held view of the cause of the observation.

To the laity, the remaining hypothesis is truth, but
the scientist knows that this currently held view can
change if new hypotheses arise from new knowledge. The
presence of strong-inference in publications and grant
proposals can identify those areas of science that are
rapidly evolving, and if funding were to be shifted
towards these areas, progress in science would be more
rapid and efficient.

Yet, despite its logical structure, strong-inference
does not deal with the following question: What method
can efficiently generate the observations needed to
start new cycles? Strong-inference is neither useful
nor needed for creating the critical seed observation
upon which one can base alternative hypotheses.
Instead, we need strong-inference-plus, which consists
of the exploratory, pilot, and hypotheses-testing

The exploratory phase has different goals (and uses
different methods) than the other two phases. During
the exploratory phase the factors that influence
success are unclear, so the research must proceed by
way of hunches, serendipitous observations, and
selections based on inadequate information. Pet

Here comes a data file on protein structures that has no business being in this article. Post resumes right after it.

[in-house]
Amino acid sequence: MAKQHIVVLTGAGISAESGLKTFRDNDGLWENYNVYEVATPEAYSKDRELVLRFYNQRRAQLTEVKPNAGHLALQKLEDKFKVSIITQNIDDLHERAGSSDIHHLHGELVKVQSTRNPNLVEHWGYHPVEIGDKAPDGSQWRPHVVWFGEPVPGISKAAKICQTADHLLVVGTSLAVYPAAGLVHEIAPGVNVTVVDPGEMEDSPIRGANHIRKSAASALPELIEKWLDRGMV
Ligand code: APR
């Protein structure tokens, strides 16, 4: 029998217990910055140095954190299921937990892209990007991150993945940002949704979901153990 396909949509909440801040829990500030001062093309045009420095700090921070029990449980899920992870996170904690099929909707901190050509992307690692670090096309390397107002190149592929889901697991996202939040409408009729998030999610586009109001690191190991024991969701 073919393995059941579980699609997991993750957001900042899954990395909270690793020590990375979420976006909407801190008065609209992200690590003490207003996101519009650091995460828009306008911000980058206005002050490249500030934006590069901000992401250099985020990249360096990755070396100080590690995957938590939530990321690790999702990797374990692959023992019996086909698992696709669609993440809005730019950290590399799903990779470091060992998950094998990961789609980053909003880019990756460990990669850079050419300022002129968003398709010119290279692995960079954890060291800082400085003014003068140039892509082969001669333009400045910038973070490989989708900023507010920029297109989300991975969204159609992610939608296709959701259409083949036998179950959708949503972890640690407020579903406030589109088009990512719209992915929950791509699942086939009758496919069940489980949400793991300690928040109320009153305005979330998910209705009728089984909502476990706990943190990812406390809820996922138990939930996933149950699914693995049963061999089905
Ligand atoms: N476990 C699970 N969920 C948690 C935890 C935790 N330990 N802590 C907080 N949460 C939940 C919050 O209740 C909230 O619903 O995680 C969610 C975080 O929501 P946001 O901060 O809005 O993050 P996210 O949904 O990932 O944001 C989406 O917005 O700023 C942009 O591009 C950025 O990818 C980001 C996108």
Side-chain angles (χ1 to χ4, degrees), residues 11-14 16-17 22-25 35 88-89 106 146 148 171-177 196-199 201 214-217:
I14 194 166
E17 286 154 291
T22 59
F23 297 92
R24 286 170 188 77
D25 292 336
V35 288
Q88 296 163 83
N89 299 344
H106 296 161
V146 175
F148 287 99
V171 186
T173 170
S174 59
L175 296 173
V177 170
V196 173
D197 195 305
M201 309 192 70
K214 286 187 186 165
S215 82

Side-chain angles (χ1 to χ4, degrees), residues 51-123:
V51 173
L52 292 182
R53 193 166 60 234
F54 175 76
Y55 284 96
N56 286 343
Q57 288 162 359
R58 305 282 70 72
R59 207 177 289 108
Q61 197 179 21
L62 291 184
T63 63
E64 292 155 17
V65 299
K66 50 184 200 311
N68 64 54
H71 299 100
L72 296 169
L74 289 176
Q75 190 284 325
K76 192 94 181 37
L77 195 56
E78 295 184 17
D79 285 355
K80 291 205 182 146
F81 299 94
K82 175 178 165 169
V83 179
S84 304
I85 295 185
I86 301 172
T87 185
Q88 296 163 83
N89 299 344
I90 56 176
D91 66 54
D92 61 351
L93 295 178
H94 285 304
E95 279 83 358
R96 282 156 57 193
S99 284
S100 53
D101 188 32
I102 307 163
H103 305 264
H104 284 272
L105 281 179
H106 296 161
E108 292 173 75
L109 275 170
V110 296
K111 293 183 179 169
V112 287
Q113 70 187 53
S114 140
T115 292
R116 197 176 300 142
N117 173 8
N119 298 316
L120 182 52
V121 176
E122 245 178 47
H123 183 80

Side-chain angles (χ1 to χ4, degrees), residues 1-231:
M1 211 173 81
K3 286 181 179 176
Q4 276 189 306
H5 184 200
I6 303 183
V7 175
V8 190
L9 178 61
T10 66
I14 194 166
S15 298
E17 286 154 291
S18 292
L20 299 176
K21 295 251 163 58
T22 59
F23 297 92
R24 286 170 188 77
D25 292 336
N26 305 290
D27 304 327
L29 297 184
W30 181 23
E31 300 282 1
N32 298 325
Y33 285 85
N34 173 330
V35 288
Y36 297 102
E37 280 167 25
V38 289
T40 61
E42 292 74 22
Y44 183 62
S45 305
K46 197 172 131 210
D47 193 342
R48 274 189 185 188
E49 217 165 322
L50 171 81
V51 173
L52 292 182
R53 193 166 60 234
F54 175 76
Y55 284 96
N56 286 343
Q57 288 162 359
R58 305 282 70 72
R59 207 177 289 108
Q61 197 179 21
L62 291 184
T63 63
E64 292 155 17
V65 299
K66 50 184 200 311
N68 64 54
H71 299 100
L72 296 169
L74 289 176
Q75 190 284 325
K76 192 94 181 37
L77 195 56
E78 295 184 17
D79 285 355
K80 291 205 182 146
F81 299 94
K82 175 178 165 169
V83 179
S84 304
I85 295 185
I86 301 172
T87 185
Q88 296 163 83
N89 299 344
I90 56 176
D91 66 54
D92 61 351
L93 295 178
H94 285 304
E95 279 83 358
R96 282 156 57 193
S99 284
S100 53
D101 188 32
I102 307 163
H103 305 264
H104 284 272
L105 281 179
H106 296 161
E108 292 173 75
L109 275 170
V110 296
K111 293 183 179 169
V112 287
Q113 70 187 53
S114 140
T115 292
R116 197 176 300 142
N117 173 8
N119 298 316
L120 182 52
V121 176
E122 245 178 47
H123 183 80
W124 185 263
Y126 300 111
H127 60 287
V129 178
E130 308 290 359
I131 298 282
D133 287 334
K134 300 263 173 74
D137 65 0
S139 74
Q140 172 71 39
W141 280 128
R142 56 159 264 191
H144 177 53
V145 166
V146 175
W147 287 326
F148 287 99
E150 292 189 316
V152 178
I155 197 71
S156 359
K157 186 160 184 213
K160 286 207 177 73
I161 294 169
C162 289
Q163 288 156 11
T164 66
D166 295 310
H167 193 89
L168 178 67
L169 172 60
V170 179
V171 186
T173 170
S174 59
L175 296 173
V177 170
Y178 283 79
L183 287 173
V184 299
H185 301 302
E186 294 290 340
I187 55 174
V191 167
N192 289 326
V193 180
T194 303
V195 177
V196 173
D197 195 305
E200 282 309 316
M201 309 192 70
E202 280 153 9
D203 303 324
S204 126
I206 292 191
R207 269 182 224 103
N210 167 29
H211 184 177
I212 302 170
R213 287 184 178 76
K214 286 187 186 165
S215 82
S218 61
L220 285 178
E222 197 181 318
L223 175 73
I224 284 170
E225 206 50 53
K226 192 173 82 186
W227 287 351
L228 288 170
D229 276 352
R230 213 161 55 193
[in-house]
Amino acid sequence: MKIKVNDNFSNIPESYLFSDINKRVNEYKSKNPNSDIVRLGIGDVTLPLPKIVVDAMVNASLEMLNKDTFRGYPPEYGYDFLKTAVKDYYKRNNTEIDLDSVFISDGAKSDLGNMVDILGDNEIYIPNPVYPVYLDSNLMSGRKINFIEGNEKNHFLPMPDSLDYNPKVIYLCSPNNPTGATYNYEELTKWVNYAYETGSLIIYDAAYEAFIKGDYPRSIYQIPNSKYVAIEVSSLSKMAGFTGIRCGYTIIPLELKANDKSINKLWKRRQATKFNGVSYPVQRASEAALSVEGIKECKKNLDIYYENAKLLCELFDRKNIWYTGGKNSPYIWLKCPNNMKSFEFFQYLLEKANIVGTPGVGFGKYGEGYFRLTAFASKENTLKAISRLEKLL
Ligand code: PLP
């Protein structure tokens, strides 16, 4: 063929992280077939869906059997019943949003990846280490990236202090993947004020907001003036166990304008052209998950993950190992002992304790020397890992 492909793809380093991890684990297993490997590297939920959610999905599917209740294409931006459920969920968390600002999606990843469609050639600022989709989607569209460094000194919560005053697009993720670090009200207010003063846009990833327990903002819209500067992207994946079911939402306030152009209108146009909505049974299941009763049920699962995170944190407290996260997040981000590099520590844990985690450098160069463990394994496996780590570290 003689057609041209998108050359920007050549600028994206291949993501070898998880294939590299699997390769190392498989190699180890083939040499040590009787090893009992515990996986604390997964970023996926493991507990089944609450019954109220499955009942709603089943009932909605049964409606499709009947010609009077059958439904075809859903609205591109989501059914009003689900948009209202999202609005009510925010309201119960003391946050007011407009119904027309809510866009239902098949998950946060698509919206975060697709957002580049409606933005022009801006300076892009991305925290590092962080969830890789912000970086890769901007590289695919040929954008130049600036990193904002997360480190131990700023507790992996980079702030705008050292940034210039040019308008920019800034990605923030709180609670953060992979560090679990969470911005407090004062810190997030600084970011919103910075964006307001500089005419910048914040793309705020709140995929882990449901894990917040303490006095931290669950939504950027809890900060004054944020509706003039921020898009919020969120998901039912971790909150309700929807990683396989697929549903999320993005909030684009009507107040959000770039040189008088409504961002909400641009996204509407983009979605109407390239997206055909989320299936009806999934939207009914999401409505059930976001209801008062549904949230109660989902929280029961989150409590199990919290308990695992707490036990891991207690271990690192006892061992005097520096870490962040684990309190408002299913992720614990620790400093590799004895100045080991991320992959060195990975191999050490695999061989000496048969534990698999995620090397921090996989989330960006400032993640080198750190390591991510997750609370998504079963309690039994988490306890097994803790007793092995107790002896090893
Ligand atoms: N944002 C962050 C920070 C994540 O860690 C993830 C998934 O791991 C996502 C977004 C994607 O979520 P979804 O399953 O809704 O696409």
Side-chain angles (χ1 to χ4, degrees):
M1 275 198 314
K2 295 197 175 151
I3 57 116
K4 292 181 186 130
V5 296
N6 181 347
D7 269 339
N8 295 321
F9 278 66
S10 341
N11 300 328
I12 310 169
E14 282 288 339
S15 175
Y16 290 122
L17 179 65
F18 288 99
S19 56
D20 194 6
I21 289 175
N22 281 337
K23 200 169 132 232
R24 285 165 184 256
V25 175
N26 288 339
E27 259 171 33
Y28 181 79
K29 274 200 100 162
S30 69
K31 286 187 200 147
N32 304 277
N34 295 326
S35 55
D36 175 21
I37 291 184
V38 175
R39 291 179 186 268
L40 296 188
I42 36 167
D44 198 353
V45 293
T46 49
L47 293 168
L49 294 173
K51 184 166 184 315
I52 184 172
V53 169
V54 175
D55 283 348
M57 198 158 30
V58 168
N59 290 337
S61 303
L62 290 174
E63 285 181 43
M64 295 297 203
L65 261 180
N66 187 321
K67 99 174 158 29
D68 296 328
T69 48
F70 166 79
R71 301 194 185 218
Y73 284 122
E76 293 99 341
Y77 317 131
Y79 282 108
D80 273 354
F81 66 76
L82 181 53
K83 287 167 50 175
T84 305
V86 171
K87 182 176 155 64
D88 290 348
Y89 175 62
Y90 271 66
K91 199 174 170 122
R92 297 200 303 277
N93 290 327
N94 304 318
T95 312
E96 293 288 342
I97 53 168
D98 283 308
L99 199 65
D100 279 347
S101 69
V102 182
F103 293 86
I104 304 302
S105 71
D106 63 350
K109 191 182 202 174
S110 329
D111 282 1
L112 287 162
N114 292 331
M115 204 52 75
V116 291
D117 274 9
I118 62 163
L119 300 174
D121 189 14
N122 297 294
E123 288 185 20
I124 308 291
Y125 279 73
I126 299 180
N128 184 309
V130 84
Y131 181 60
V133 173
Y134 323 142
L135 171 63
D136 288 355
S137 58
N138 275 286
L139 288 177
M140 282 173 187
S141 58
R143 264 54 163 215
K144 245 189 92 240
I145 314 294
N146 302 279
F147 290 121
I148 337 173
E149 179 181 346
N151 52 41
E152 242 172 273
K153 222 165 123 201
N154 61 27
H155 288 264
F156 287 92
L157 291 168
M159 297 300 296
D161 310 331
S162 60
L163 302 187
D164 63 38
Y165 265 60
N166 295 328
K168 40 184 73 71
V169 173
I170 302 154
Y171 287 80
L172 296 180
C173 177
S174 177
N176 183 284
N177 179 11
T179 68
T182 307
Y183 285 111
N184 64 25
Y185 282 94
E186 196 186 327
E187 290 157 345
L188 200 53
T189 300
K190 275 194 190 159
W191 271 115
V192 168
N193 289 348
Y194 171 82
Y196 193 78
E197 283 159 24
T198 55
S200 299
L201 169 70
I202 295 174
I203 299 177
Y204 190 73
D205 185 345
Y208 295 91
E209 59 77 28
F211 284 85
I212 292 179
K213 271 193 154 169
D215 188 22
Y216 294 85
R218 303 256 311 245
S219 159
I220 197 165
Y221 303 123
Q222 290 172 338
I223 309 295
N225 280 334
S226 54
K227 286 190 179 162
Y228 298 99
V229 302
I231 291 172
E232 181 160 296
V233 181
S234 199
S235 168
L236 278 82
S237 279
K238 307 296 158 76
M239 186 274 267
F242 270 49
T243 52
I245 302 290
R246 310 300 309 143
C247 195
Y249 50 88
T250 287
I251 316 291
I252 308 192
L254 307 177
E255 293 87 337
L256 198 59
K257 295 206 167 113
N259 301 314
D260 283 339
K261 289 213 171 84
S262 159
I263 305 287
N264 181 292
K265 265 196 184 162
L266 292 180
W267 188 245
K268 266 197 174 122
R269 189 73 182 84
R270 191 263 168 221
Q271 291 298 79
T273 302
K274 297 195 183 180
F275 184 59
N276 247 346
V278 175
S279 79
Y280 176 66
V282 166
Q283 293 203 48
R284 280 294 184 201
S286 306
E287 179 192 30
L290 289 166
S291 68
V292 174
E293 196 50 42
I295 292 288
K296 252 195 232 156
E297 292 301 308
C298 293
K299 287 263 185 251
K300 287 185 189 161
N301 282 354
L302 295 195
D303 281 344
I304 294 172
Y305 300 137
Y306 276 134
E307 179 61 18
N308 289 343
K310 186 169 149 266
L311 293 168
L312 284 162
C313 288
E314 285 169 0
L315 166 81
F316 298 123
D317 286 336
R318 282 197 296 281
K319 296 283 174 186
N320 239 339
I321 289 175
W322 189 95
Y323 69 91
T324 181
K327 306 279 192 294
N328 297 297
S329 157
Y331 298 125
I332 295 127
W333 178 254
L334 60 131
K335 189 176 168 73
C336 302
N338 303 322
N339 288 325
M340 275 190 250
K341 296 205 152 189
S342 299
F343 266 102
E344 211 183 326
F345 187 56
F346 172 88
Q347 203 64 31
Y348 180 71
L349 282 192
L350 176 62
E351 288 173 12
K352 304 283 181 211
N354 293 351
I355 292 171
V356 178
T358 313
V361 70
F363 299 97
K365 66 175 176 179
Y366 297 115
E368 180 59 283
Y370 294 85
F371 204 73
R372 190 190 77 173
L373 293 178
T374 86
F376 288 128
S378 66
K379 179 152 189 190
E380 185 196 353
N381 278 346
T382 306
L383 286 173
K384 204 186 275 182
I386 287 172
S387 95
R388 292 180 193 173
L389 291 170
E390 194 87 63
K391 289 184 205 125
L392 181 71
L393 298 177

theories are certainly acceptable here, if they work.
Such nonscientific procedures are necessary whenever
the parameter space is too large for an exhaustive
search. It is here that scientific creativity can play
a crucial role, as years of experience may enhance or
hinder discovery. And here is where new scientific
instruments or methods might demonstrate their worth.

When the exploratory phase provides reasonably
reliable observations, the research enters the pilot
phase, during which a small number of experiments,
usually six to eight, are replicated under identical
experimental conditions. The pilot phase is the
experiential test of the exploratory phase. A
statistical power calculation of the pilot data will
predict the size of study necessary in order for the
hypotheses-testing phase to have a reasonable
probability of success.

If the analysis leads to further funding, the project
moves into the hypotheses-testing phase. None of the